* Third-quarter EPS $3.65 vs $3.23 year earlier
* Adjusted EPS of $3.47 beat Wall St estimate of $3.31
* Assets under management rise 10 pct to $3.67 trillion
* ETF fee cuts could lower annual revenue $35 mln to $40 mln
Oct 17 (Reuters) - BlackRock Inc, the world’s largest money manager, said third-quarter profit rose 8 percent as investors poured cash into its iShares line of exchange-traded funds.
The New York-based company fired on almost all cylinders during the quarter, also showing strength in bond mutual funds, its Lifepath funds for 401(k)-type retirement accounts, hedge fund performance fees and risk management services. The results highlighted the firm’s breadth of offerings built and acquired by Chief Executive Laurence Fink over the past two decades.
Fink said customers dealing with market volatility and uncertainty gravitated to BlackRock products. “BlackRock was built for these times, to be responsive to our clients, to helping our clients overcome the uncertainty around all these big macro issues,” Fink said on a conference call with analysts.
He pointed to record quarterly flows into iShares since BlackRock acquired the business in 2009 and the highest flow into retail bond funds in more than 10 years.
Net income for the third quarter totaled $642 million, or $3.65 per share, compared with $595 million, or $3.23 per share, a year earlier, BlackRock said.
BlackRock slightly exceeded Wall Street expectations on two key metrics closely followed by investors, analysts said. Earnings per share, excluding some one-time items and deferred compensation costs, jumped 23 percent from a year ago to $3.47. Analysts, on average, expected $3.31, according to Thomson Reuters I/B/E/S.
BlackRock’s profit margin adjusted for the same items hit 40.7 percent, up 1.5 percentage points from a year earlier.
“Enough moving parts as always but earnings, (assets under management) and flows are growing,” Nomura analyst Glenn Schorr wrote in an initial report on the earnings. “The stock is still attractive in our view.”
Overall, investors withdrew $43 billion from BlackRock’s long-term funds and accounts. Excluding $74 billion an institution withdrew from an indexed bond account, BlackRock took in $31 billion from investors.
That included a record $25 billion going into iShares funds, with more than three-quarters flowing into stock ETFs, $6 billion into retail bond funds and $10 billion into funds aimed at 401(k)-type defined contribution retirement accounts.
BlackRock declined to name the client that moved to competitors and sought to play down the impact, with CEO Fink describing the lost business as “one of our lowest fee products.” The firm lost $36 billion from a similar one-client move in the first quarter.
“I am not going to chase business for window dressing my (assets under management) as some of our competitors are certainly doing,” Fink said. “It does not make economic sense in this case.”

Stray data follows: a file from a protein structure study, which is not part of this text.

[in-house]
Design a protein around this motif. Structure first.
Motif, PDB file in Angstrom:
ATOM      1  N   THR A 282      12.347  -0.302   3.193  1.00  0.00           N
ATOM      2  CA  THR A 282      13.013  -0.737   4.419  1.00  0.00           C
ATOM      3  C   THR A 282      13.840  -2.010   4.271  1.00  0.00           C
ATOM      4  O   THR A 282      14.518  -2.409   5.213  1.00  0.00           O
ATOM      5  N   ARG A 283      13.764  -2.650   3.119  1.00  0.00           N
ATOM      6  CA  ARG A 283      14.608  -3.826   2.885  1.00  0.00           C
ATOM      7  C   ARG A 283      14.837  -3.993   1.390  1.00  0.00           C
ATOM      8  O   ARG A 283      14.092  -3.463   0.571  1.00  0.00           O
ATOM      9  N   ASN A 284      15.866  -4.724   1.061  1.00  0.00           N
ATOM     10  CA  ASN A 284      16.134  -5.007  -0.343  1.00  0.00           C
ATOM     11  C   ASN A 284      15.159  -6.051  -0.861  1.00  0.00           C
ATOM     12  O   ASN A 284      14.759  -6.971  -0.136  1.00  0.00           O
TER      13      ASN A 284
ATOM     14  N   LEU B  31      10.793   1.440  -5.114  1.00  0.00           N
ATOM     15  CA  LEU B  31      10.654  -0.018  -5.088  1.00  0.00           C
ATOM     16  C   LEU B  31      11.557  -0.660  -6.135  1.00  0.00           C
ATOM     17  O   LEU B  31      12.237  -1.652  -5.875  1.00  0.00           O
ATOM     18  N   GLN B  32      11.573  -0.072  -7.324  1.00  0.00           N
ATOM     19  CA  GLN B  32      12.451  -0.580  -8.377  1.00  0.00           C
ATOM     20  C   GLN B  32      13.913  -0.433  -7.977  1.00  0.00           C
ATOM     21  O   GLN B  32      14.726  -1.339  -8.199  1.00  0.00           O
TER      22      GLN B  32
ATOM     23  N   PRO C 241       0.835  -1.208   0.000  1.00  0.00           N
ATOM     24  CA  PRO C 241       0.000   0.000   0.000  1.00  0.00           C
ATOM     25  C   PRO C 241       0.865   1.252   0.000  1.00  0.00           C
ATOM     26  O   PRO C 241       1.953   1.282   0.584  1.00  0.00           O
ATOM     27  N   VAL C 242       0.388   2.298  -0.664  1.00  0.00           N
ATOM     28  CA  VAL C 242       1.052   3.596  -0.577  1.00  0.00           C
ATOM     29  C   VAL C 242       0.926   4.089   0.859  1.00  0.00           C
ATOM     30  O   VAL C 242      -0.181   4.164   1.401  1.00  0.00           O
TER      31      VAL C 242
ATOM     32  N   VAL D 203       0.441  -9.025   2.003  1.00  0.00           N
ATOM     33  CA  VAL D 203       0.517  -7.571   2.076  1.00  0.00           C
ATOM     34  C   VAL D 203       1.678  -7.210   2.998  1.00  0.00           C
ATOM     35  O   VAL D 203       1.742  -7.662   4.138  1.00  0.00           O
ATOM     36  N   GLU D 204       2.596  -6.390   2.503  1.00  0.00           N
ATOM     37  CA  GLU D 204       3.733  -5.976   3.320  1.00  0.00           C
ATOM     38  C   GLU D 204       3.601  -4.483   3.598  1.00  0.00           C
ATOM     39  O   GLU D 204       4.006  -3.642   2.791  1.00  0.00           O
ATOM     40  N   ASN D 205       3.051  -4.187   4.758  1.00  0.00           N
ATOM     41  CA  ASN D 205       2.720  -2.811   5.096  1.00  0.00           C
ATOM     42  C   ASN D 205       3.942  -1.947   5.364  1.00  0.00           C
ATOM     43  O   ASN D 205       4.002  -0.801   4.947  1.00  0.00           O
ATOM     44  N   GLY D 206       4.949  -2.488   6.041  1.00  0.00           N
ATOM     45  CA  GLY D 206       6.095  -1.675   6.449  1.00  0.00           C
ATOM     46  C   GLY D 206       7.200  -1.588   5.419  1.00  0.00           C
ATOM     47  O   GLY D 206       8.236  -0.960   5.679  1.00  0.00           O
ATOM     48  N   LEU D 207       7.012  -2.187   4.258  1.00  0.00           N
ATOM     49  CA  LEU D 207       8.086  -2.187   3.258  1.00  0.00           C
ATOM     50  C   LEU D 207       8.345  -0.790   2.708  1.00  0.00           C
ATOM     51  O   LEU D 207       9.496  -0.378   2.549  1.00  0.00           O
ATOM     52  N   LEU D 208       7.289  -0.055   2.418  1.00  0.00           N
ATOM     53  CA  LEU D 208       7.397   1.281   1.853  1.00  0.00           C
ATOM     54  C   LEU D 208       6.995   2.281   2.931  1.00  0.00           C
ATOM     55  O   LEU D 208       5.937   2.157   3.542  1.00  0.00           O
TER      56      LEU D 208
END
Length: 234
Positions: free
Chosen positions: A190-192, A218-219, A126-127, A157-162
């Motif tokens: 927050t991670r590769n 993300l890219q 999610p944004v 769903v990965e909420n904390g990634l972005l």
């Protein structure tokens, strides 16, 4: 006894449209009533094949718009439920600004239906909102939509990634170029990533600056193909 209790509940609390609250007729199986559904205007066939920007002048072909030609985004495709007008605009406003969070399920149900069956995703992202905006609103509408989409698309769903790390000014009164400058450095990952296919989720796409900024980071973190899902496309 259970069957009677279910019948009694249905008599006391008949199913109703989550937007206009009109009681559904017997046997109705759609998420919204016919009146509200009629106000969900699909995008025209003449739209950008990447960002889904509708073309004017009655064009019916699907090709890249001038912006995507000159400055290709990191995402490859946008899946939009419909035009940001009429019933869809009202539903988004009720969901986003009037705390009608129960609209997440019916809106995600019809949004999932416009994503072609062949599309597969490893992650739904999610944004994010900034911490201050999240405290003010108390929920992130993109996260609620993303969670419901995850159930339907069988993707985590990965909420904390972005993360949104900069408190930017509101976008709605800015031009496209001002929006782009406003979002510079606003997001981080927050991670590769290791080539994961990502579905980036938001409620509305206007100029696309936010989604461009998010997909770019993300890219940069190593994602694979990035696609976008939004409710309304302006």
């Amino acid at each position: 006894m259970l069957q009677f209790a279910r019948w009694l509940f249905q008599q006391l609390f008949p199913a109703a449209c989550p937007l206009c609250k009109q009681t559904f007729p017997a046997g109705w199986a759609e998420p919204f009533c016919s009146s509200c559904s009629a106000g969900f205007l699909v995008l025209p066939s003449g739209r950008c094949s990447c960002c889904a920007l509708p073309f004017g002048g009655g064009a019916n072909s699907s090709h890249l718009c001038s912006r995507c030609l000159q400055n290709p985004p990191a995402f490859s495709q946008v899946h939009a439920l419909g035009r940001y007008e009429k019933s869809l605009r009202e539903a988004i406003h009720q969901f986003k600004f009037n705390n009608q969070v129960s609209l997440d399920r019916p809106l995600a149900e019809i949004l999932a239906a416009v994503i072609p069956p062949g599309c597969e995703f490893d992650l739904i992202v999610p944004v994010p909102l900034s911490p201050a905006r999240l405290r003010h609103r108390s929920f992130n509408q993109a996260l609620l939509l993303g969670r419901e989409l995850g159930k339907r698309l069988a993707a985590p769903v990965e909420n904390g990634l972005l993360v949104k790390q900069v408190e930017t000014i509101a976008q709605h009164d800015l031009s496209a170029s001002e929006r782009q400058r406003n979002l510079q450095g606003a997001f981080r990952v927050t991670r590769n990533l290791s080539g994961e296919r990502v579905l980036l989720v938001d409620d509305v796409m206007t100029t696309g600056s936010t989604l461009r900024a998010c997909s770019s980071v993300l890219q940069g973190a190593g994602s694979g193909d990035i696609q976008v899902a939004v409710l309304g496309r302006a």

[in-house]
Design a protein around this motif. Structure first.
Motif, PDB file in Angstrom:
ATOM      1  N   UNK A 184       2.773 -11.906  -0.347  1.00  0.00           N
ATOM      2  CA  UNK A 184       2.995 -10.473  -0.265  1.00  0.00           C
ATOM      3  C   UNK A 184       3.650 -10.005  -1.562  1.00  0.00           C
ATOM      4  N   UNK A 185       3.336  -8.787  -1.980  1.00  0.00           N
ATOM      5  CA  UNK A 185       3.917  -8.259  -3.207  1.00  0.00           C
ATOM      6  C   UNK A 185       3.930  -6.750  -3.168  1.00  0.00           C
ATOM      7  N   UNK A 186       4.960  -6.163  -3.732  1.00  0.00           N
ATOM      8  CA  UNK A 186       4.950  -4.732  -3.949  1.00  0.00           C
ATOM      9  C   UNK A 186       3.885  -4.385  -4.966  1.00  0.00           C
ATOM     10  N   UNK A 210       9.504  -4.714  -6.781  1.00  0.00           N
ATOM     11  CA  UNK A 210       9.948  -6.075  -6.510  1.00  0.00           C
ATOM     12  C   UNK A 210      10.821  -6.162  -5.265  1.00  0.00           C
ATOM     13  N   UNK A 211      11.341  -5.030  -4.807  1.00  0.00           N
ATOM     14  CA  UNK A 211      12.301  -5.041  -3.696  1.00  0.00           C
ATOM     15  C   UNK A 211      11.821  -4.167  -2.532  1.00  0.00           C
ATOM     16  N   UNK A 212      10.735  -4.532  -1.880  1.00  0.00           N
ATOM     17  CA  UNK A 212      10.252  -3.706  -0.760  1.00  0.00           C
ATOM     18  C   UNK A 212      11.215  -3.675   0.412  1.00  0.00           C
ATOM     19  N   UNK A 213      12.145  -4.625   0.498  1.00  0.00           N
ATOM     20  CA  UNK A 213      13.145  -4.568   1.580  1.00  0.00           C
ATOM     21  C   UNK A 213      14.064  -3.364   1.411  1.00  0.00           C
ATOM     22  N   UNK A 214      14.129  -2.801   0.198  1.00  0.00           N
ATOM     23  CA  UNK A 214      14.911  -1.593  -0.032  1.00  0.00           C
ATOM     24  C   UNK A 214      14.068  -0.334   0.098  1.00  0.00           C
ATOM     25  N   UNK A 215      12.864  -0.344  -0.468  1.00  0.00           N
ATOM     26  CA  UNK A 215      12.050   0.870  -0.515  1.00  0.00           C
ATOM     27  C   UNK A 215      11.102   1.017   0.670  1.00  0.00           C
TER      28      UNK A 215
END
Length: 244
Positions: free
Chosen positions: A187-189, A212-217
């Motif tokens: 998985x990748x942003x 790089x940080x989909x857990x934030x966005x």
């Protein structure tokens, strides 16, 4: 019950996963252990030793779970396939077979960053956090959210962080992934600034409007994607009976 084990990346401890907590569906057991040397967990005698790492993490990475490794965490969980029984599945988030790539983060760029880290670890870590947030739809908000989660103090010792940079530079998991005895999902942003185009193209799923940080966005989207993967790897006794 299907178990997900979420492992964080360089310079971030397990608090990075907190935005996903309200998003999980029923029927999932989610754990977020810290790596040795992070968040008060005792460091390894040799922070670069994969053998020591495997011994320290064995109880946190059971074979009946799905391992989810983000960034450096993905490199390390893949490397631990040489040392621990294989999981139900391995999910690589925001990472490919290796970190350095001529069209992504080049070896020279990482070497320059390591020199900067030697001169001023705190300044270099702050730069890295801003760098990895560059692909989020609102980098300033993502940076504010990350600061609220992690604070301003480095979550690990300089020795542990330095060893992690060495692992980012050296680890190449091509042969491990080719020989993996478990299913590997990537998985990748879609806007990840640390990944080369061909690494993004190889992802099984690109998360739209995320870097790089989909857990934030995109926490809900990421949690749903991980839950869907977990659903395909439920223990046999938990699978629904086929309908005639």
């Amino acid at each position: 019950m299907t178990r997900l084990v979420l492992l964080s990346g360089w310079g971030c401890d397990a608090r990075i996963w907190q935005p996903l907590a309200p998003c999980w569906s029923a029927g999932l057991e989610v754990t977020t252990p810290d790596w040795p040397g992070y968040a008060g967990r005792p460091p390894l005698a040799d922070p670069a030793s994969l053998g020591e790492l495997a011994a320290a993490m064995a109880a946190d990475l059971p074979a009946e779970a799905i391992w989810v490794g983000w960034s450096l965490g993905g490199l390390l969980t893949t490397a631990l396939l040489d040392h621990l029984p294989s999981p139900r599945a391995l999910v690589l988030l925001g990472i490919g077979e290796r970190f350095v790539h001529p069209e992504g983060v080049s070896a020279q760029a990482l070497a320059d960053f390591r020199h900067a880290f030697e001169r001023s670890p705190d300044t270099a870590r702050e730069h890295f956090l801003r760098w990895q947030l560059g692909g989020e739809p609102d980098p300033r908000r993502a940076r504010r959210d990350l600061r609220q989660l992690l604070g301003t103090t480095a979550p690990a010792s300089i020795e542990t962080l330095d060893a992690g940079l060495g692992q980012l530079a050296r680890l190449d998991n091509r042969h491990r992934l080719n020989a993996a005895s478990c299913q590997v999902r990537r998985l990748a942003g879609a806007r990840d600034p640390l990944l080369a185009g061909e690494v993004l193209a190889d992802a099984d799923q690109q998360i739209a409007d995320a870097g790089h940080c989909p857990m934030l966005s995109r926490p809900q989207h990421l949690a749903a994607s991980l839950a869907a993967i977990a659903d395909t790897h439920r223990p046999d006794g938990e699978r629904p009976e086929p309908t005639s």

BlackRock also saw institutional customers withdraw $2.9 billion from its higher-fee alternative investments and $5 billion from actively managed stocks.
Analyst Craig Siegenthaler at Credit Suisse said he was cutting his 2013 earnings per share estimate for BlackRock by 14 cents to $14.52 due in part to “weaker flows in high fee businesses.”
Total assets under management at BlackRock hit $3.67 trillion, up 3 percent during the quarter and up 10 percent from a year ago.
The strong quarter for iShares came despite competition from lower-cost competitors in the United States like Vanguard Group and Charles Schwab Corp. On Monday, BlackRock unveiled a plan to cut fees on six iShares funds and introduce four new low-cost funds.
The fee reductions could reduce BlackRock’s annual revenue by $35 million to $40 million, BlackRock President Robert Kapito said on the call with analysts. But growth produced by the four new ETFs could overtake the losses, he said.
“We expect to see incremental flows that will over time more than offset potential revenue impacts,” Kapito said.
BlackRock’s fee cuts followed ETF price reductions by Schwab last month as well as Vanguard’s announcement on Oct. 2 that it was switching to lower cost index providers on 22 of its largest ETFs, likely as a prelude to reducing fees.
But Vanguard’s decision to switch away from leading index provider MSCI to lesser known competitors is prompting some investors to switch to BlackRock funds, which still track MSCI indexes, Fink said.
Vanguard denied that the index change was having a negative effect on its ETF flows. “Vanguard’s planned benchmark changes and the future associated cost savings have been very well-received by our clients,” spokesman John Woerth said. “Vanguard is leading the U.S. ETF industry with $41 billion in net cash inflow through September and our momentum continues unabated in October.”
BlackRock’s Fink took pains to deny that the industry was engaging in a price war. “We have got to move on from this myth about a price war,” Fink said in his most heated remarks on the 90-minute call. “We had our healthiest quarter. We are very optimistic about where we are.”
Overall, third-quarter revenue at BlackRock rose 4 percent from a year earlier to $2.3 billion. Performance fees jumped 12 percent to $103 million on strong gains at BlackRock’s hedge funds and other accounts that garner a portion of profits based on their investing track records.
Revenue from risk management advice and other services at its BlackRock Solution unit rose 9 percent to $128 million.
Shares of BlackRock closed down 84 cents, or 0.4 percent, at $189.13 on the New York Stock Exchange on Wednesday. The shares had gained 7 percent so far this year through Tuesday’s close, trailing the 16 percent gain in the Standard & Poor’s 500 Index .